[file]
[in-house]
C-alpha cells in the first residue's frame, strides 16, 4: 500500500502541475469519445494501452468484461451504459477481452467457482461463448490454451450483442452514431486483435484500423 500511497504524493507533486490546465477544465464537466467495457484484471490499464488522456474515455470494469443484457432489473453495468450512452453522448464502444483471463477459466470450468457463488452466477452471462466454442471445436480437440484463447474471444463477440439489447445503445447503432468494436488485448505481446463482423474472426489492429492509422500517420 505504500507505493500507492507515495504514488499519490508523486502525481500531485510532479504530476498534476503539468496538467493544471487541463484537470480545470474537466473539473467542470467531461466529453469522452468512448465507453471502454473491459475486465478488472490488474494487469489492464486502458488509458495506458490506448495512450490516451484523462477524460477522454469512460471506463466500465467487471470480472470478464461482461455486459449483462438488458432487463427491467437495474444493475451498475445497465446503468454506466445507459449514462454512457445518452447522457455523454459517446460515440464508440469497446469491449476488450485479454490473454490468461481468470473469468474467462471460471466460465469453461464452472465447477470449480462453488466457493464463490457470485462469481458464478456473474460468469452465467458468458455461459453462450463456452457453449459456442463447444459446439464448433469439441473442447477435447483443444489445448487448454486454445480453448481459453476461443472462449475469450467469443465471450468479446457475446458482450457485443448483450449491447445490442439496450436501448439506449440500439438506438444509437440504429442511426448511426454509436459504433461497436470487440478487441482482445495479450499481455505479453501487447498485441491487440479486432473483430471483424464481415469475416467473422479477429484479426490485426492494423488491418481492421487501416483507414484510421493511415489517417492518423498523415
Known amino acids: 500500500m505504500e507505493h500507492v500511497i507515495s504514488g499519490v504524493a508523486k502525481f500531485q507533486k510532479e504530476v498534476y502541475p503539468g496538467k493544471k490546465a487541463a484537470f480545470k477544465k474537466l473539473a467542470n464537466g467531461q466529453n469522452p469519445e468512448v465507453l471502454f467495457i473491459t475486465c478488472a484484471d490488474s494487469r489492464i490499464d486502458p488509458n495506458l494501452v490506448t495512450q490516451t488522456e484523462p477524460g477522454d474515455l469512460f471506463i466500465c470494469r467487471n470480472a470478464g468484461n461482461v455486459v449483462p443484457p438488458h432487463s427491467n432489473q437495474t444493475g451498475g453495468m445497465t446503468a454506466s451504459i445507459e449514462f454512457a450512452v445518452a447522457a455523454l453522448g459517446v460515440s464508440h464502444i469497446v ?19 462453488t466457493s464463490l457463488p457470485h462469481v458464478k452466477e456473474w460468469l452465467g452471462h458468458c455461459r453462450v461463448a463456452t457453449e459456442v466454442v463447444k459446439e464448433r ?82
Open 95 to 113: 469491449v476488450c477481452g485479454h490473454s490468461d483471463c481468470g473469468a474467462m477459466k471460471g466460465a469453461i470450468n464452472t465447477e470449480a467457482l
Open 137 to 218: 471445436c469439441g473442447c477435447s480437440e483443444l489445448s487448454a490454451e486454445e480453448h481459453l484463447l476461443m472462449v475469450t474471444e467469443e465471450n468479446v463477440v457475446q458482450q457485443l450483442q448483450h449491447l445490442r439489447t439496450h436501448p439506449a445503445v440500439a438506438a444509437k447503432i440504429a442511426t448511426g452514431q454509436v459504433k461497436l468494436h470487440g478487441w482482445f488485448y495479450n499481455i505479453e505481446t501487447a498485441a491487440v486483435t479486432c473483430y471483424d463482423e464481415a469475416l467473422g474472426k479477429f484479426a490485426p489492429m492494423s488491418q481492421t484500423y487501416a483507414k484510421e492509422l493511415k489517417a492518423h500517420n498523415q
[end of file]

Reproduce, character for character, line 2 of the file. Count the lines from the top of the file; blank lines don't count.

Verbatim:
C-alpha cells in the first residue's frame, strides 16, 4: 500500500502541475469519445494501452468484461451504459477481452467457482461463448490454451450483442452514431486483435484500423 500511497504524493507533486490546465477544465464537466467495457484484471490499464488522456474515455470494469443484457432489473453495468450512452453522448464502444483471463477459466470450468457463488452466477452471462466454442471445436480437440484463447474471444463477440439489447445503445447503432468494436488485448505481446463482423474472426489492429492509422500517420 505504500507505493500507492507515495504514488499519490508523486502525481500531485510532479504530476498534476503539468496538467493544471487541463484537470480545470474537466473539473467542470467531461466529453469522452468512448465507453471502454473491459475486465478488472490488474494487469489492464486502458488509458495506458490506448495512450490516451484523462477524460477522454469512460471506463466500465467487471470480472470478464461482461455486459449483462438488458432487463427491467437495474444493475451498475445497465446503468454506466445507459449514462454512457445518452447522457455523454459517446460515440464508440469497446469491449476488450485479454490473454490468461481468470473469468474467462471460471466460465469453461464452472465447477470449480462453488466457493464463490457470485462469481458464478456473474460468469452465467458468458455461459453462450463456452457453449459456442463447444459446439464448433469439441473442447477435447483443444489445448487448454486454445480453448481459453476461443472462449475469450467469443465471450468479446457475446458482450457485443448483450449491447445490442439496450436501448439506449440500439438506438444509437440504429442511426448511426454509436459504433461497436470487440478487441482482445495479450499481455505479453501487447498485441491487440479486432473483430471483424464481415469475416467473422479477429484479426490485426492494423488491418481492421487501416483507414484510421493511415489517417492518423498523415